Mark Read: I Want to make WPP the best place that menopausal women can work at
Panelists at WACL’s discussion on menopause in the workplace urge employers to do more to support female employees
09 March 2022
More than one million women in the UK could be forced out of their jobs this year because their employers are failing to support them as they go through the menopause, research shows. Currently around 13 million women are perimenopausal or menopausal in the UK and nine out of 10 feel it affects their work life, according to a recent survey.
Noting these statistics, WPP CEO Mark Read said: “If we can make WPP the best place that menopausal women can work that has to be a good thing, right? I think we need to treat it as an opportunity.”
He referred to Channel 4's Davina McCall: Sex, Myths and the Menopause documentary and called it "eye-opening" and added: “There is a tremendous difference we can make as an employer and that’s what we have to do. The biggest difference I can make as CEO of the company is to start the conversation [around menopause] and that has to be a good thing.” Read was speaking at an online panel discussion hosted by WACL on ‘Menopause in the Workplace’.
The other panelists included Caroline Nokes, Conservative MP and chair of the House of Commons women and equalities select committee; Melissa Robertson, CEO of creative agency Dark Horses; and Dr Clare Spencer, menopause specialist and co-founder of My Menopause Centre. The panel was chaired by Sonoo Singh, the co-founder of Creative Salon.
Caroline Nokes said that she expects the women and equalities committee to advise the government to make the menopause a protected characteristic in employment law, rather than a disability in discrimination cases.
The women and equalities committee launched an inquiry into menopause and the workplace last July and will issue a report and recommendations following its final evidence session on March 16. “I would be astonished given the evidence we had if we didn’t include in that a recommendation that the menopause be made a protected characteristic,” Nokes said.
Nokes and her fellow panelists all urged employers to introduce and implement menopause policies. “There can be no excuse now for any employer not to have a [menopause] policy and not to be talking about it,” added the MP.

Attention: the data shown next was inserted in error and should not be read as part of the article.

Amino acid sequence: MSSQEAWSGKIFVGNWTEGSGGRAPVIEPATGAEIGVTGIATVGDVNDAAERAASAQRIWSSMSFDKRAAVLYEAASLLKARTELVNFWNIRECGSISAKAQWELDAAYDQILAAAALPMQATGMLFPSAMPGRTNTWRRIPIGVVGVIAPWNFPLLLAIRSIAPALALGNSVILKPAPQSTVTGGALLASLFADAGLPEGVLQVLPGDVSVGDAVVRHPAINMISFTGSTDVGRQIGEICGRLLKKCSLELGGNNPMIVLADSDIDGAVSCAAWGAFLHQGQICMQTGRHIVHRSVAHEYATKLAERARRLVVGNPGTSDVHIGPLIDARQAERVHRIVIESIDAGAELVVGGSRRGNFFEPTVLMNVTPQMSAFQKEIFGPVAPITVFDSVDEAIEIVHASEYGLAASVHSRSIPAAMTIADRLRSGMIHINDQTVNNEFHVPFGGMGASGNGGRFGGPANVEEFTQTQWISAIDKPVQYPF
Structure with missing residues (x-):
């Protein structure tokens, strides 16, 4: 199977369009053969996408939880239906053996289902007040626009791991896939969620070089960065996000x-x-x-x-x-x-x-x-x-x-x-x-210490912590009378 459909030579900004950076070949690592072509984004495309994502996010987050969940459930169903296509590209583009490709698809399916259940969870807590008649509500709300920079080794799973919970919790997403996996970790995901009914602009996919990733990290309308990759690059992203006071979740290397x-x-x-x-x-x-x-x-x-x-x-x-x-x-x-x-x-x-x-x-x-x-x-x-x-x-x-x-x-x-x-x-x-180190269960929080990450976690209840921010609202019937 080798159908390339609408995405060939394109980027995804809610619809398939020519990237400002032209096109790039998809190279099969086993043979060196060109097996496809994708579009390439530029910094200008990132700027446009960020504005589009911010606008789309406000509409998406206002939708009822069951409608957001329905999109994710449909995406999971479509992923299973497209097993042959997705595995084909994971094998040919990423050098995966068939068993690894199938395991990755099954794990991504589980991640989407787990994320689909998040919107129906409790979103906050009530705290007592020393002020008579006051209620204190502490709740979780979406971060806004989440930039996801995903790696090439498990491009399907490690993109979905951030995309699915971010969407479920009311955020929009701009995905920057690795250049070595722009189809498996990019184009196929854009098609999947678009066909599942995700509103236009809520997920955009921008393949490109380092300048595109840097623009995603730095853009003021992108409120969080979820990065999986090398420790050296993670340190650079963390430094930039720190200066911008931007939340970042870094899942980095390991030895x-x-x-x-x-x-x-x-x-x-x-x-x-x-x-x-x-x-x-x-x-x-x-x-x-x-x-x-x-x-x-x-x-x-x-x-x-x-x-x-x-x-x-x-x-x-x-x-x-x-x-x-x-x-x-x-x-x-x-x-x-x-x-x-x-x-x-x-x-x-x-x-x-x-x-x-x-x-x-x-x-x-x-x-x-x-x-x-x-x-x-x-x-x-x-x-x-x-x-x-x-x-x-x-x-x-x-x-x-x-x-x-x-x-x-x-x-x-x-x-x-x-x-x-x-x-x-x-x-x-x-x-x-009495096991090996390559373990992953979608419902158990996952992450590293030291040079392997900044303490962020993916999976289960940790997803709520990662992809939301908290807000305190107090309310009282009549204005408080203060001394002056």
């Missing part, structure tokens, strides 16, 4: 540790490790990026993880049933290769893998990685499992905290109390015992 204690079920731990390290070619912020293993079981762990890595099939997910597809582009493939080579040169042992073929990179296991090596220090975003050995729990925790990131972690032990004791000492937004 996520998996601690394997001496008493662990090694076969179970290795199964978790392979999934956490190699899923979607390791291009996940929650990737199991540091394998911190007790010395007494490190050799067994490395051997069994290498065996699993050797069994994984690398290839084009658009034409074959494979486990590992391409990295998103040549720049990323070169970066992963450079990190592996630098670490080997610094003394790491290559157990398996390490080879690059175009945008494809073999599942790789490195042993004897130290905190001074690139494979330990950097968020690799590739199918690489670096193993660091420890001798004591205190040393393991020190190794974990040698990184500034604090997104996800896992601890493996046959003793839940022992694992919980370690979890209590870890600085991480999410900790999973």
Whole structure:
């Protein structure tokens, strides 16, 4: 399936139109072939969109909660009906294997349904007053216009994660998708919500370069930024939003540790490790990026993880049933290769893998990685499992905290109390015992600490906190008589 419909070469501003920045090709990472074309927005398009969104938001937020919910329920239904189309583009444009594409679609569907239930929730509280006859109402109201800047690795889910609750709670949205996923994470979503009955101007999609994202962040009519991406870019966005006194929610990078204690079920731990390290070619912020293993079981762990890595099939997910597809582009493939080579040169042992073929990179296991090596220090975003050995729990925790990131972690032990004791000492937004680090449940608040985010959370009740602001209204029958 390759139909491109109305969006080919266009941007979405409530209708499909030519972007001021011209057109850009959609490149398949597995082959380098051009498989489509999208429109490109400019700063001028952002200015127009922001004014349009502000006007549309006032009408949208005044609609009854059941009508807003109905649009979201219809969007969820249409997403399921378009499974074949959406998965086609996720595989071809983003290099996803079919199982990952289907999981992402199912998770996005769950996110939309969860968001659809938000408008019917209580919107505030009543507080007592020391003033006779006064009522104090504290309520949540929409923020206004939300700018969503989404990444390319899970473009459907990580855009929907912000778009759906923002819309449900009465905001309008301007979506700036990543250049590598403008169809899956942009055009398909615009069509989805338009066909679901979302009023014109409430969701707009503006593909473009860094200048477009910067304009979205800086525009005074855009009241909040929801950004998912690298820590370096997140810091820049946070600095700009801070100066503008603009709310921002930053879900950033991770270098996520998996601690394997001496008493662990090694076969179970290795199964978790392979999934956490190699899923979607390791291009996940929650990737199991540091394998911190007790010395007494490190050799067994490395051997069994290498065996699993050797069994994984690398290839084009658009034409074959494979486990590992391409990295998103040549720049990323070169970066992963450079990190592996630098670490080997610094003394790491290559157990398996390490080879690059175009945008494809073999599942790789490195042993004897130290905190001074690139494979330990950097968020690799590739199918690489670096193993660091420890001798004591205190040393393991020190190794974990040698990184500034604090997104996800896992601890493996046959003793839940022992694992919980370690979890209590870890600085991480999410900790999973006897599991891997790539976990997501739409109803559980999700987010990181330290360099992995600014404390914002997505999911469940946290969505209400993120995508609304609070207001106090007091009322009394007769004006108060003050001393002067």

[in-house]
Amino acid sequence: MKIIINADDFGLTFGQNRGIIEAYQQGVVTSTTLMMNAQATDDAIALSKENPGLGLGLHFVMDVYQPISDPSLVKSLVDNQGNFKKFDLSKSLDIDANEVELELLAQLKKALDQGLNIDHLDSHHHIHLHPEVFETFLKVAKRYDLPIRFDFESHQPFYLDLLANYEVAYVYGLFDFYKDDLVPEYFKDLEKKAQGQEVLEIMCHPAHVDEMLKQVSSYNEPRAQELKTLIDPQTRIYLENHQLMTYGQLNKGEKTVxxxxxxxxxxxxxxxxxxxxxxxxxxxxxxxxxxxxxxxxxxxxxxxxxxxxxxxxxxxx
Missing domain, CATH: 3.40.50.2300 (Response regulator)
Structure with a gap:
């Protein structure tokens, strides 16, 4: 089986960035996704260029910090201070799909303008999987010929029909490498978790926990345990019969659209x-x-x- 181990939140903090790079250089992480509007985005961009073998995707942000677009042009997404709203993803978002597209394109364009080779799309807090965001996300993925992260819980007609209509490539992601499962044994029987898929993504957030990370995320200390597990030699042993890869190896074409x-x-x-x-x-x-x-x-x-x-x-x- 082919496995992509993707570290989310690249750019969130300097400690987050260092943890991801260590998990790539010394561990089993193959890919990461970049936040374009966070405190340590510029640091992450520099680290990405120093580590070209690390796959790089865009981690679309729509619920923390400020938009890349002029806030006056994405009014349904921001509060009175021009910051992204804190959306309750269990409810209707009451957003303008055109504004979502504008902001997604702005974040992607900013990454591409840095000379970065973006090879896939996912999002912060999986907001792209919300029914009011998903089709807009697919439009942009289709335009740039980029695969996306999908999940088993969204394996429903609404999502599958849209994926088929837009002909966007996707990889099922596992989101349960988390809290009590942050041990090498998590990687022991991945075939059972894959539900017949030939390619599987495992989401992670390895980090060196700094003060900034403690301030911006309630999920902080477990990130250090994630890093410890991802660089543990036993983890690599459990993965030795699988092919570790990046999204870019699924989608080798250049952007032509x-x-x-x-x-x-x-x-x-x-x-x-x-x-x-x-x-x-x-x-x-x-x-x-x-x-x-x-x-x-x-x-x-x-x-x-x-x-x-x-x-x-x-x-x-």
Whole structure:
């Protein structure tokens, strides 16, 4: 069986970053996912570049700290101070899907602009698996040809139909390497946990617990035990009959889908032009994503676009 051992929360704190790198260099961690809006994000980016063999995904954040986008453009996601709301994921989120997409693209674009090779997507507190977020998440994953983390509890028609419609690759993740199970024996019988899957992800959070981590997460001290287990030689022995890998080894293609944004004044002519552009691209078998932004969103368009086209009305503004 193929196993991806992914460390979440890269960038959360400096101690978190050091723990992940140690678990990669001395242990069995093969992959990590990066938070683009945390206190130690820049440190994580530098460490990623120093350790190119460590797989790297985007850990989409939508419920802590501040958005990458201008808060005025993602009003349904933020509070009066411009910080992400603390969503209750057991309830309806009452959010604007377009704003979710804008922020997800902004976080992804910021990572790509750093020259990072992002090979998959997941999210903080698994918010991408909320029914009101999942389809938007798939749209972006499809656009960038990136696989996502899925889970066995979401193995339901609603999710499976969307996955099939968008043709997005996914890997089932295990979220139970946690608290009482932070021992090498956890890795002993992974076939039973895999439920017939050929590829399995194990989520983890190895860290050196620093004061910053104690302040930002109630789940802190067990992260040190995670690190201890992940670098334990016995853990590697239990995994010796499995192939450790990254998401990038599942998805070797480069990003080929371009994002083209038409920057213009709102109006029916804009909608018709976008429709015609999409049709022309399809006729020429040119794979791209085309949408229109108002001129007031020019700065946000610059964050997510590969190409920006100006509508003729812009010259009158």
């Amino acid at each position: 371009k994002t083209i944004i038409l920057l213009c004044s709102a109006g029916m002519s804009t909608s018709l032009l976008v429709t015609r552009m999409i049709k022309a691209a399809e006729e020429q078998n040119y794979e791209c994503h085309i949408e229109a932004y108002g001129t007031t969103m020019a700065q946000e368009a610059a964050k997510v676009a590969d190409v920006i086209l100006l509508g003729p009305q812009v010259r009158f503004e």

Nokes pointed out that the stigma around menopause continues to pervade workplaces. She revealed that women who gave evidence to the women and equalities committee inquiry asked to remain anonymous out of concern their employer would find out.
“These were female directors of businesses, women of 50, saying ‘please don’t let these details come out, I never want my employer to know what I have hidden over the course of the last couple of years because it will impact my career negatively’,” she said.
Melissa Robertson, a WACL member, created and publicly shared her organisation’s menopause policy for other business to use and adapt. She said that the majority of companies do little more than pay lip service on the issue and offered advice for businesses. “The first thing businesses need to do is to start to acknowledge the challenges women are facing and swiftly follow it up with ways they can be supported,”
She went on to add: “It’s so important that women don’t feel they need to hide their symptoms and that any discussions will be met with empathy and support.”
Dr Clare Spencer noted that even everyday activities at work, such as giving a presentation, can be made hugely challenging by menopause symptoms such as anxiety and brain fog. “If you can change the culture you take away some of that anxiety, you reduce the adrenaline release and you are more likely to keep people in work and they are more likely to maintain their confidence,” she said.
Dr Spencer advised that a supportive culture at work is vital to help menopausal women manage their symptoms. “You can directly affect women’s experience of their menopause symptoms if you have a good supportive workplace policy,” she said. “Plus there are a whole range of treatment options available too.”
Robertson added: “I think the more we talk about [the menopause], the more it will be normalised. In the same way we can and must talk about mental health, it’s only in doing that that it stops being such a taboo.”